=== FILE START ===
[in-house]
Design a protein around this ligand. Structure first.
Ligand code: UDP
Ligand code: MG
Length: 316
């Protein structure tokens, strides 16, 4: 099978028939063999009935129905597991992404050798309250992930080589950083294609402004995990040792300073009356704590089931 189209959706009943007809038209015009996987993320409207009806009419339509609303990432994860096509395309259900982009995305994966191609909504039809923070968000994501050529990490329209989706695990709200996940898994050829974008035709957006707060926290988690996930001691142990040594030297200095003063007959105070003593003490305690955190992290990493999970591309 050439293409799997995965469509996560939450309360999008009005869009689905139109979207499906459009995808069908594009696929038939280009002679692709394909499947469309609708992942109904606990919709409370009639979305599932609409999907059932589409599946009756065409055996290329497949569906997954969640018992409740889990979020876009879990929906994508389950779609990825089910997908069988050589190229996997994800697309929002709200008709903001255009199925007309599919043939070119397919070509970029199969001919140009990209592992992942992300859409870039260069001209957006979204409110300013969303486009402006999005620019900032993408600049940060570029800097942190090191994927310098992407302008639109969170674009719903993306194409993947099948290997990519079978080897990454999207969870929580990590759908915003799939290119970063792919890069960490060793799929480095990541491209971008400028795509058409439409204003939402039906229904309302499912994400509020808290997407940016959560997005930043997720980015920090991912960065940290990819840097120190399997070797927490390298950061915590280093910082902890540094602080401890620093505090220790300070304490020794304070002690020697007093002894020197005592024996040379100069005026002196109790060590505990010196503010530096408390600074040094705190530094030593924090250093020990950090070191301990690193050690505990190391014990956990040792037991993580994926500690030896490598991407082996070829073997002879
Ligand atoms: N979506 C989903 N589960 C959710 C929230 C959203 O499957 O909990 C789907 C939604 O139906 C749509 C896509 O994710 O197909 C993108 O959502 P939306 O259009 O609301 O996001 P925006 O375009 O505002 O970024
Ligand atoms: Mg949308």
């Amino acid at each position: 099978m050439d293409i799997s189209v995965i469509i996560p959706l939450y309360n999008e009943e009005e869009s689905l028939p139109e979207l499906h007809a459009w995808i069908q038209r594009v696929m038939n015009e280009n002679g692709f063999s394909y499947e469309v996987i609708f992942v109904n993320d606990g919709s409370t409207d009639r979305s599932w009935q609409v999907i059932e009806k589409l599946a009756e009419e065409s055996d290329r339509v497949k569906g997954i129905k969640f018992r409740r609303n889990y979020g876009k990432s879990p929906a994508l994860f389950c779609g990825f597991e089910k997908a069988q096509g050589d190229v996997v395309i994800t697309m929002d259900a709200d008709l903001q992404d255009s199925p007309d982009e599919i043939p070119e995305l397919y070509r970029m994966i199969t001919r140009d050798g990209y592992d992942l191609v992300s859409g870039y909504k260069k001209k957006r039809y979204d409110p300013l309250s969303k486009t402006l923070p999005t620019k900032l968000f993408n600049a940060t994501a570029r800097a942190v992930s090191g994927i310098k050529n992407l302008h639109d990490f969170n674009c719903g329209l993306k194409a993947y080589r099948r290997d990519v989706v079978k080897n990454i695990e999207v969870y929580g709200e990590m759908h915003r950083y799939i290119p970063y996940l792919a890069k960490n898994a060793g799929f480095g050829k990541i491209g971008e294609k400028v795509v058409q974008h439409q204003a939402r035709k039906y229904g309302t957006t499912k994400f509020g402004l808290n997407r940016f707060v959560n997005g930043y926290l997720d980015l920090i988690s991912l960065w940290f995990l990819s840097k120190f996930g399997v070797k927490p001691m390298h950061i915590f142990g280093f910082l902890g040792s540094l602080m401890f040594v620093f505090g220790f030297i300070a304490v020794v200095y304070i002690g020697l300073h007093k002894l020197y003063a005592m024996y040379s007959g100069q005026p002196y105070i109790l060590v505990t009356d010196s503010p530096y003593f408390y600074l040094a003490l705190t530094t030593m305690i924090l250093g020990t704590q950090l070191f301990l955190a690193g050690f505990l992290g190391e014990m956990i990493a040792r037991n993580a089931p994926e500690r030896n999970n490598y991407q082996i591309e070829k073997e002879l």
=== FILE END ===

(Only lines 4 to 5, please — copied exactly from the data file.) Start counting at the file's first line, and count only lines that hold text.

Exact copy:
Ligand code: MG
Length: 316